Photo by Joey Bordelon

Modern manners: Red Stick Refinement teaches the art of etiquette

To April Palombo Setliff, a good dinner conversation is a lot like a game of tennis. One person serves up a question over the centerpiece, then another answers it and volleys a question of their own to another fellow diner. Played well, the game continues right through dessert, and everyone walks away a winner.

But dinnertime in the digital age often looks a lot different. Guests have their eyes focused on the little screens that sit beside their plates, only looking up occasionally to pass the salt or mumble the answer to a question before returning to their virtual realities. The game is over before it starts.

Enter Setliff and her new business, Red Stick Refinement. Through hands-on “modern etiquette” classes, she hopes to help children, teens and young adults incorporate classic manners into a contemporary lifestyle.

Setliff teaches her 4-year-old son Martin how to properly hold his utensils when cutting meat. Photo by Joey Bordelon.

“In today’s digital world, kids aren’t being taught interpersonal skills,” Setliff says. “I saw that need, and I wanted to do something about it. I wanted to help give them the confidence to communicate with others and to handle any social situation.”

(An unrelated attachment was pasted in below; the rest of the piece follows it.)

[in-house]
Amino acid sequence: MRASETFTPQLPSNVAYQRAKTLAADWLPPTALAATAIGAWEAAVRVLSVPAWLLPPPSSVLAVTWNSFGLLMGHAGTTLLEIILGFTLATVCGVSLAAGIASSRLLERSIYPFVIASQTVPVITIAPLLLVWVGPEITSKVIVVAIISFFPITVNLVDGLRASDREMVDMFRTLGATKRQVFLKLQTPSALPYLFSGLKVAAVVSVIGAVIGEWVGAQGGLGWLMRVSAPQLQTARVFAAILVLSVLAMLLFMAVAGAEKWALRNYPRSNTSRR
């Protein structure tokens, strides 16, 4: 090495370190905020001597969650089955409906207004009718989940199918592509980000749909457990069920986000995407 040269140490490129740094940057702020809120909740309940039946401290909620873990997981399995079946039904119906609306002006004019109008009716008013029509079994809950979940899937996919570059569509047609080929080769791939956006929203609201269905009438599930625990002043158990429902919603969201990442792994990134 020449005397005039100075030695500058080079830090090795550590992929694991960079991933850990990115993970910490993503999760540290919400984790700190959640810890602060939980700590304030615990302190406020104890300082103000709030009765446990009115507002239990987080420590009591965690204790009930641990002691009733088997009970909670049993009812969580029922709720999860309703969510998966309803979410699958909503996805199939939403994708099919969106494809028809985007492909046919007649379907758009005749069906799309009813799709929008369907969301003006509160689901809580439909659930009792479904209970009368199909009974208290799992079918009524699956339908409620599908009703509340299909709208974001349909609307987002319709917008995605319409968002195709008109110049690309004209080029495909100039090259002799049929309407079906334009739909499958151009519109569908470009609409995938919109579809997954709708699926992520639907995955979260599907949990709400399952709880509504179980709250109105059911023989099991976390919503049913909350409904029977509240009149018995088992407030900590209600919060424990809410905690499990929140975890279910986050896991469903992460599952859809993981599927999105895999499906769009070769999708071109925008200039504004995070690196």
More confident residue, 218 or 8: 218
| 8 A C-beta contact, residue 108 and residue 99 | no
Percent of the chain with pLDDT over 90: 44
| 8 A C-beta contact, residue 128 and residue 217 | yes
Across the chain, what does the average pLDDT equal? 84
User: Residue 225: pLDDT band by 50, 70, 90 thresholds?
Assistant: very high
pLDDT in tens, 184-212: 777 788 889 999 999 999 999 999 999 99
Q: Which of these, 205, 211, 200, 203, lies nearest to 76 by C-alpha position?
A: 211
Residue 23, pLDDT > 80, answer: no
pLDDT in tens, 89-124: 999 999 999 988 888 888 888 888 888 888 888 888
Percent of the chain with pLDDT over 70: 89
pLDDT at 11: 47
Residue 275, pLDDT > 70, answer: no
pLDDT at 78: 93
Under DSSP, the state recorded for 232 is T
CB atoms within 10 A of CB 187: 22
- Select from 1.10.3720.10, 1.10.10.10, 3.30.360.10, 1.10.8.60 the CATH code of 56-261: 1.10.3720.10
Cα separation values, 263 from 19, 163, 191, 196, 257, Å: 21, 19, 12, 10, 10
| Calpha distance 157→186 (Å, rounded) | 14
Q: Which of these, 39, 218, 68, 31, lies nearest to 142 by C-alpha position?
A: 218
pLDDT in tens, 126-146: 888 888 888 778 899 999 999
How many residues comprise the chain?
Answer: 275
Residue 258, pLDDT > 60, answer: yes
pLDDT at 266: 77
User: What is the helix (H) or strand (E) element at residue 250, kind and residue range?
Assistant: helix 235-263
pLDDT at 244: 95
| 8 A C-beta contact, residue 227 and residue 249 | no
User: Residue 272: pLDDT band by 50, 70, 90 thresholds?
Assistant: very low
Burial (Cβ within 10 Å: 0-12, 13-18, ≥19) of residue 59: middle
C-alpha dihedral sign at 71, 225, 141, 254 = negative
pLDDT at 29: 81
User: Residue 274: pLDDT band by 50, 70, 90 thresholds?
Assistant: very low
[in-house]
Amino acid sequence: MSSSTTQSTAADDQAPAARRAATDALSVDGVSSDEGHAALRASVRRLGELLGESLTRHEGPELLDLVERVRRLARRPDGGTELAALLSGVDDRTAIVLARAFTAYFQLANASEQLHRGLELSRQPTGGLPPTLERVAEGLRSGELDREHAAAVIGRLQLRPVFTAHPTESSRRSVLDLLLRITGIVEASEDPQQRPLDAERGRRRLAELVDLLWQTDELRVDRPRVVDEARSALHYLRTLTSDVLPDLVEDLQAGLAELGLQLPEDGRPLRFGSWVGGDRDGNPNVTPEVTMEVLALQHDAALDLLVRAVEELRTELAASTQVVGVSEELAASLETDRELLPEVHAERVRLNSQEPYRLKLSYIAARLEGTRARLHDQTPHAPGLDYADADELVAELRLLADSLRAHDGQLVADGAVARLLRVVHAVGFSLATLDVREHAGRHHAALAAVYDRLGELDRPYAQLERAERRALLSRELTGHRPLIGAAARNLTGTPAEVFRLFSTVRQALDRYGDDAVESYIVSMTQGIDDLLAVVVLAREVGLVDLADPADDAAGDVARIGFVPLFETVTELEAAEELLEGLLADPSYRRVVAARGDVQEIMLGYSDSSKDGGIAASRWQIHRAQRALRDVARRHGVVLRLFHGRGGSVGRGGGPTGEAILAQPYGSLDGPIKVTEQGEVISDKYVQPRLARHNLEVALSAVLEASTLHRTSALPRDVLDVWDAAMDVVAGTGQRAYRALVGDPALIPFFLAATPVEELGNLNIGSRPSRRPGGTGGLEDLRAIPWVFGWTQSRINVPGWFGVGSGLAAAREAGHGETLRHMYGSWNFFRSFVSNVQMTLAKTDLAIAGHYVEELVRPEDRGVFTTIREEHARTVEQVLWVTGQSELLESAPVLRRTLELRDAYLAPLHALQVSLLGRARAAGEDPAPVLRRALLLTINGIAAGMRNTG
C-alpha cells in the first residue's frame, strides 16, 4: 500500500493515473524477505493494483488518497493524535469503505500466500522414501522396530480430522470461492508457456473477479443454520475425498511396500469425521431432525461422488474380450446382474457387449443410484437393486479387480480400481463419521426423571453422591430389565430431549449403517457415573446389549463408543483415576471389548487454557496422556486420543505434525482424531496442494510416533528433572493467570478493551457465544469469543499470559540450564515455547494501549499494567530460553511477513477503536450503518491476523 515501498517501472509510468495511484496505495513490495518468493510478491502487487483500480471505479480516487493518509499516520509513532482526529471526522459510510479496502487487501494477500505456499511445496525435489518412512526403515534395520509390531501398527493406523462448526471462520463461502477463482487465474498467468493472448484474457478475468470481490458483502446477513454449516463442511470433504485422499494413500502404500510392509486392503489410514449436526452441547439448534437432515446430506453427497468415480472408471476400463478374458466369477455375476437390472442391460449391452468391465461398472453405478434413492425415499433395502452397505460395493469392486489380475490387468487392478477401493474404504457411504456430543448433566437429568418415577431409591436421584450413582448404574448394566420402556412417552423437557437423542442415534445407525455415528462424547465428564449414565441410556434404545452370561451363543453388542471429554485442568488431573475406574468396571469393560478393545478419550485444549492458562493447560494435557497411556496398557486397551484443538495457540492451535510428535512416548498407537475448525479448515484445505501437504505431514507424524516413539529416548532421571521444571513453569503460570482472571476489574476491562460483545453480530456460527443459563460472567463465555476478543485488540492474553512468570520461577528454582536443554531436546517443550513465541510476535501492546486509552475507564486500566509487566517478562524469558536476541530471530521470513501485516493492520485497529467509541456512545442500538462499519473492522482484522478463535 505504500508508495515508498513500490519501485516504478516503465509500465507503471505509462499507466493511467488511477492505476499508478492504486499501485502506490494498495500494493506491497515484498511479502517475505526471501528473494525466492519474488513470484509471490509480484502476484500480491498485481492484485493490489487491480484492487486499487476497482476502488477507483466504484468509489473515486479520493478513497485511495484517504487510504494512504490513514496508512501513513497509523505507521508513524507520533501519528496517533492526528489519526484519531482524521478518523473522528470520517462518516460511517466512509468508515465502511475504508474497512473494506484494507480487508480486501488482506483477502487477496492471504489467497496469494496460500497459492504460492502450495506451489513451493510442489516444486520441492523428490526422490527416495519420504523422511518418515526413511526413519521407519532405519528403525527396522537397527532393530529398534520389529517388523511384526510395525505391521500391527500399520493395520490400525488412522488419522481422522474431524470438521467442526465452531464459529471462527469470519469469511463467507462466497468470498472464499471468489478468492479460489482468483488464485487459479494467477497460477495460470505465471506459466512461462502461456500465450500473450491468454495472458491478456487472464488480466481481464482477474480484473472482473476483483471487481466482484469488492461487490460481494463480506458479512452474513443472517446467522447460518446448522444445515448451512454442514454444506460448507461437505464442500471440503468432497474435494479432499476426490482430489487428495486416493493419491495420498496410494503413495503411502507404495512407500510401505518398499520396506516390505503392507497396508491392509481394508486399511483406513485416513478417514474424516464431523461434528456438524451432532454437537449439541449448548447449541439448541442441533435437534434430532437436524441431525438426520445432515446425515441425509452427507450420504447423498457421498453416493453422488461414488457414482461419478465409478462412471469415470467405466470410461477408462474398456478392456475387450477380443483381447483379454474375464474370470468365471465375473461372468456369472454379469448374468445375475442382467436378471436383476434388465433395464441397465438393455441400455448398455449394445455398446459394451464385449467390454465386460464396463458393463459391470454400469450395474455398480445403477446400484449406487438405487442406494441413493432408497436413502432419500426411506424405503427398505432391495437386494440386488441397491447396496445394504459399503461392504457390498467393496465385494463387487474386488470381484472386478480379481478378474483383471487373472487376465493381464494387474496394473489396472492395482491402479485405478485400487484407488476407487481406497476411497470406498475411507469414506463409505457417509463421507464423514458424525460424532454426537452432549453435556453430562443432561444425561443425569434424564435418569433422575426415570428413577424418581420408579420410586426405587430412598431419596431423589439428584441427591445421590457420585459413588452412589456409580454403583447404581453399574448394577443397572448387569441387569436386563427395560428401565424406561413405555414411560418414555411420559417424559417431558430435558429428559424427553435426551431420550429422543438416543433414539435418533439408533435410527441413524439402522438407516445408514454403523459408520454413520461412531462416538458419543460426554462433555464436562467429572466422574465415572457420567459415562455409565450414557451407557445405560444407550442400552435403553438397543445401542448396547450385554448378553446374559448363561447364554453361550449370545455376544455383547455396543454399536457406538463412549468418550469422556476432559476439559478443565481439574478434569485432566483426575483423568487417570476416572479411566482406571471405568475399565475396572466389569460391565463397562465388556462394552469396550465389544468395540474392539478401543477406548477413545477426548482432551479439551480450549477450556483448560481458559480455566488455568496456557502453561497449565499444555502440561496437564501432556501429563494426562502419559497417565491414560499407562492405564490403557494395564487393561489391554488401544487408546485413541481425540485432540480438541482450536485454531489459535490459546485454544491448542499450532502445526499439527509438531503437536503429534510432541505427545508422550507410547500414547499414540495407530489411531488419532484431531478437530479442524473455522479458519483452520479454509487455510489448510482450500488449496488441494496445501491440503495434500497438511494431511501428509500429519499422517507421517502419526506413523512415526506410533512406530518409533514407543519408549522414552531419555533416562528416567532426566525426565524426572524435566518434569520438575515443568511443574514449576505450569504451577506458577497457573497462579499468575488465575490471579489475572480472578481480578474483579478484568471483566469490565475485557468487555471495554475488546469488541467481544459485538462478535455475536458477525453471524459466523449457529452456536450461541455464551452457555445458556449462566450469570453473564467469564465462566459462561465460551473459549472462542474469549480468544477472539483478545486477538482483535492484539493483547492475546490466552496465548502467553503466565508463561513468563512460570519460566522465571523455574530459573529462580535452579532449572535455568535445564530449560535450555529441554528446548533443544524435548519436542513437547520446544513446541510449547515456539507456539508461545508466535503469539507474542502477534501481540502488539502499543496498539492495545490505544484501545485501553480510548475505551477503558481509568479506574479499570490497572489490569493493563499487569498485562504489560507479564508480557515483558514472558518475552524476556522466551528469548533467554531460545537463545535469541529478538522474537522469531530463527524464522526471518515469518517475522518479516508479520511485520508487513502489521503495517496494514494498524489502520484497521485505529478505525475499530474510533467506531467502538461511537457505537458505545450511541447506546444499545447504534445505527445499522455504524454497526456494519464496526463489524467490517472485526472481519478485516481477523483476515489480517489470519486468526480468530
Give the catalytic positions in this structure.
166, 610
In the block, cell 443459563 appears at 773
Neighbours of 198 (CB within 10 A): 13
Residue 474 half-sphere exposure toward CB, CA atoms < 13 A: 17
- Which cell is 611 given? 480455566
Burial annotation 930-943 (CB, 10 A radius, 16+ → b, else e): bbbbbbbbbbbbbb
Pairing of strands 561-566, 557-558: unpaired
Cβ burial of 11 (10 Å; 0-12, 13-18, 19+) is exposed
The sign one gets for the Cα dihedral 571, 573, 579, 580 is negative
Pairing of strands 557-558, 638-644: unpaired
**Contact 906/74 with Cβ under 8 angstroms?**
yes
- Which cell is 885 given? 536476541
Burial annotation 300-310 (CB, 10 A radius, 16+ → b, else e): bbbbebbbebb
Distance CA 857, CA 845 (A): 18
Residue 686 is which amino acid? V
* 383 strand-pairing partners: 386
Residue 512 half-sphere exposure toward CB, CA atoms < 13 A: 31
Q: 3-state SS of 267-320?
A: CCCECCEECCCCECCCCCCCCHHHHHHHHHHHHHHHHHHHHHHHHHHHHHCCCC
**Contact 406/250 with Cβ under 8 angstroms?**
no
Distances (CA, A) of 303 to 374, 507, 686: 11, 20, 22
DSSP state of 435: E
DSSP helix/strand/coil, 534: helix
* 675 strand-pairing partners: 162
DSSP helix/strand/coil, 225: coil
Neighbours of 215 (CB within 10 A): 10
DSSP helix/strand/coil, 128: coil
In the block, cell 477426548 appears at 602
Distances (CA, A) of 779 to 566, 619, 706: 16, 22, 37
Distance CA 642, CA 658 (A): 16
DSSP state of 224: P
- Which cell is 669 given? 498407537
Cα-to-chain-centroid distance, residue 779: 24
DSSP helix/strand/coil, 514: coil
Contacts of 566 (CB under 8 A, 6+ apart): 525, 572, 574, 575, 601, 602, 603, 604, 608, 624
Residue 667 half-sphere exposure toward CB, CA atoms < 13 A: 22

Setliff, who holds a business and entrepreneurship degree from LSU and has a day job establishing credit for international customers at Omni Industries, was inspired to launch her etiquette training firm after a lifetime of learning about manners from her grandmother.

“She was always the best hostess,” Setliff says. “She knew how to make a guest feel good from the moment they walked in her door. She taught me that there is fun in entertaining.”

Armed with the silver flatware passed down by that grandmother—and a curriculum from the American Academy of Etiquette, through which she became certified in New York City in January—Setliff now welcomes young people into her home to learn everything from eye contact and handshakes to holding a knife and, of course, holding a good conversation. She has taught etiquette classes for LSU sorority members and at a local high school, and for these older groups she places a special emphasis on etiquette in the online realm. No matter the age of her students, the main focus of every lesson is on teaching thoughtfulness and consideration of others.

“When people think of manners and etiquette, they sometimes think it’s stuffy or judgmental,” Setliff says. “But it’s actually the opposite. It’s really about showing respect for other people.”